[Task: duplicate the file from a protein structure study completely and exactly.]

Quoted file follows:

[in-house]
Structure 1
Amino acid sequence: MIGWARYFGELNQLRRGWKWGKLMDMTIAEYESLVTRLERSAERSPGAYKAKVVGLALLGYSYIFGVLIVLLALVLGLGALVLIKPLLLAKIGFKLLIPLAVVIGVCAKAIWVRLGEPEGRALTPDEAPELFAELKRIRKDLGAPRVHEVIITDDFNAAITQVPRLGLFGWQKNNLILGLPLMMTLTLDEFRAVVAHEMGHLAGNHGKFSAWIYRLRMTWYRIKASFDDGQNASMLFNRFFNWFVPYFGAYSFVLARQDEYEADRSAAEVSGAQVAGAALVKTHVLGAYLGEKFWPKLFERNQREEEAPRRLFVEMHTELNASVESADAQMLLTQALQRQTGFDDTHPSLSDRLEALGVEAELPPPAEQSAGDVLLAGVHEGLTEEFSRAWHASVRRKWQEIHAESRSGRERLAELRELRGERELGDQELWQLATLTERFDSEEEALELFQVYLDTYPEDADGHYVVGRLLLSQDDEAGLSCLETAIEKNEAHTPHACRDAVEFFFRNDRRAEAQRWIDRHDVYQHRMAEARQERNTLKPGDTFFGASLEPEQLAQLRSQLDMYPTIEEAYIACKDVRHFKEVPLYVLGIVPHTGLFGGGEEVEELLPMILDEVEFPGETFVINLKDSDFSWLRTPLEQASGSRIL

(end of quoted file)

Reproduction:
[in-house]
Structure 1
Amino acid sequence: MIGWARYFGELNQLRRGWKWGKLMDMTIAEYESLVTRLERSAERSPGAYKAKVVGLALLGYSYIFGVLIVLLALVLGLGALVLIKPLLLAKIGFKLLIPLAVVIGVCAKAIWVRLGEPEGRALTPDEAPELFAELKRIRKDLGAPRVHEVIITDDFNAAITQVPRLGLFGWQKNNLILGLPLMMTLTLDEFRAVVAHEMGHLAGNHGKFSAWIYRLRMTWYRIKASFDDGQNASMLFNRFFNWFVPYFGAYSFVLARQDEYEADRSAAEVSGAQVAGAALVKTHVLGAYLGEKFWPKLFERNQREEEAPRRLFVEMHTELNASVESADAQMLLTQALQRQTGFDDTHPSLSDRLEALGVEAELPPPAEQSAGDVLLAGVHEGLTEEFSRAWHASVRRKWQEIHAESRSGRERLAELRELRGERELGDQELWQLATLTERFDSEEEALELFQVYLDTYPEDADGHYVVGRLLLSQDDEAGLSCLETAIEKNEAHTPHACRDAVEFFFRNDRRAEAQRWIDRHDVYQHRMAEARQERNTLKPGDTFFGASLEPEQLAQLRSQLDMYPTIEEAYIACKDVRHFKEVPLYVLGIVPHTGLFGGGEEVEELLPMILDEVEFPGETFVINLKDSDFSWLRTPLEQASGSRIL